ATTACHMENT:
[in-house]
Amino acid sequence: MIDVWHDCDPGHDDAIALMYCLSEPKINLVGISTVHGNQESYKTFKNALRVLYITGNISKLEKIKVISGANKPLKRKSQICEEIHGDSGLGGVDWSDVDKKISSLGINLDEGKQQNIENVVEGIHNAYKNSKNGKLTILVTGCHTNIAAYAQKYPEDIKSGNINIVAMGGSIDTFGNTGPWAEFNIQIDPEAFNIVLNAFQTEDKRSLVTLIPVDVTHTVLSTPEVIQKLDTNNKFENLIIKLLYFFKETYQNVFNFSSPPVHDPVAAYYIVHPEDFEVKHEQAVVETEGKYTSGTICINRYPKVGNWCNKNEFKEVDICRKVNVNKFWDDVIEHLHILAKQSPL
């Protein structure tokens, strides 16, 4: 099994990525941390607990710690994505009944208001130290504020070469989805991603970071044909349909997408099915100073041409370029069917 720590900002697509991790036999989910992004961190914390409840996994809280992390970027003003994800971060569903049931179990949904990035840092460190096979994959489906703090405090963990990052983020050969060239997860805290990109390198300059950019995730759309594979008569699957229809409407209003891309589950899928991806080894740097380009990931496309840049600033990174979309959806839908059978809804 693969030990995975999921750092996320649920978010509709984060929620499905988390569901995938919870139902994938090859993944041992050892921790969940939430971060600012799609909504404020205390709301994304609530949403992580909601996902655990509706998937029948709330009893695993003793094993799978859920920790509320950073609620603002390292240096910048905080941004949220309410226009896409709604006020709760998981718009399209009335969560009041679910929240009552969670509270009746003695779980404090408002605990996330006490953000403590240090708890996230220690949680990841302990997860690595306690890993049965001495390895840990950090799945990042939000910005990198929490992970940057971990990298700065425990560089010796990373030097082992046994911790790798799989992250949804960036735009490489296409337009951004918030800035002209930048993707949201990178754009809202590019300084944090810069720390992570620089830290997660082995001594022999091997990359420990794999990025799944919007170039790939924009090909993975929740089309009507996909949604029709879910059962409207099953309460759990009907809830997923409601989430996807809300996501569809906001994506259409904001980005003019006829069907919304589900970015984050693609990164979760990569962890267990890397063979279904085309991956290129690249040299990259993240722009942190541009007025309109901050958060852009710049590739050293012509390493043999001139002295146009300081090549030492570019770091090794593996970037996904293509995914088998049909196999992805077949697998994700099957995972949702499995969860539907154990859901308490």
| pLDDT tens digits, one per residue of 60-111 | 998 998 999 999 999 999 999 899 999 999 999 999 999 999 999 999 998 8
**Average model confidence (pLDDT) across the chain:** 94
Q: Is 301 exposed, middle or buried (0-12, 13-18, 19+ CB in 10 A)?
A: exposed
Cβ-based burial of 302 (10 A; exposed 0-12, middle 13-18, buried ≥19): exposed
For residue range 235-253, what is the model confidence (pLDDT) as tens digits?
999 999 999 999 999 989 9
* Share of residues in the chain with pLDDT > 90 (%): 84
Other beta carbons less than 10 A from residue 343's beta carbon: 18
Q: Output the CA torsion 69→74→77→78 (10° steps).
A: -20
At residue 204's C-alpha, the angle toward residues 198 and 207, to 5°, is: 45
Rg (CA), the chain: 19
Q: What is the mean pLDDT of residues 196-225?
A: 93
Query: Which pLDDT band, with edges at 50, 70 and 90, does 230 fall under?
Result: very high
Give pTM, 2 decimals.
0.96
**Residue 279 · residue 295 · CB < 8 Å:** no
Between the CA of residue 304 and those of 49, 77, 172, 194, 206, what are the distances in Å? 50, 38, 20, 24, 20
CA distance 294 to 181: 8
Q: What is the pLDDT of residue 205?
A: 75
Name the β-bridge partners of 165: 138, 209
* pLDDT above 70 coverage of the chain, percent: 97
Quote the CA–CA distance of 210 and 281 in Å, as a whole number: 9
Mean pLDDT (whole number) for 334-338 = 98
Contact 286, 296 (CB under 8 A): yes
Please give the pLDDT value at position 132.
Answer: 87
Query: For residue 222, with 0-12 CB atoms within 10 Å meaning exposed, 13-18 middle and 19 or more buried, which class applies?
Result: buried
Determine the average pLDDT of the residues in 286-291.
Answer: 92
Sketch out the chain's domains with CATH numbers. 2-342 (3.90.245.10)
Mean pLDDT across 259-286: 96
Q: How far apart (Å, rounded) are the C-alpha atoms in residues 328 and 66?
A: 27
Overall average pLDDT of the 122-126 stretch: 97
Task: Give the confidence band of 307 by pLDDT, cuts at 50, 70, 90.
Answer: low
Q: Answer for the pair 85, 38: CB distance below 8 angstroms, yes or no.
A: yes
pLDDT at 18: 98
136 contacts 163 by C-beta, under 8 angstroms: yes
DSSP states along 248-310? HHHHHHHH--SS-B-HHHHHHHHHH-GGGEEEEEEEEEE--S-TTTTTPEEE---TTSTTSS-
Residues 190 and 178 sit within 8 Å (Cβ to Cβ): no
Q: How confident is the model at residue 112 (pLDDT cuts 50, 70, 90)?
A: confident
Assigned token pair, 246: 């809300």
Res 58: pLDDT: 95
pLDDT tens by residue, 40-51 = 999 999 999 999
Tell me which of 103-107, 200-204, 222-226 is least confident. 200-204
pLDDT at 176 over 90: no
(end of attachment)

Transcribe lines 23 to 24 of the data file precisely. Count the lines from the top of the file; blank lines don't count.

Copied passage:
**Residue 279 · residue 295 · CB < 8 Å:** no
Between the CA of residue 304 and those of 49, 77, 172, 194, 206, what are the distances in Å? 50, 38, 20, 24, 20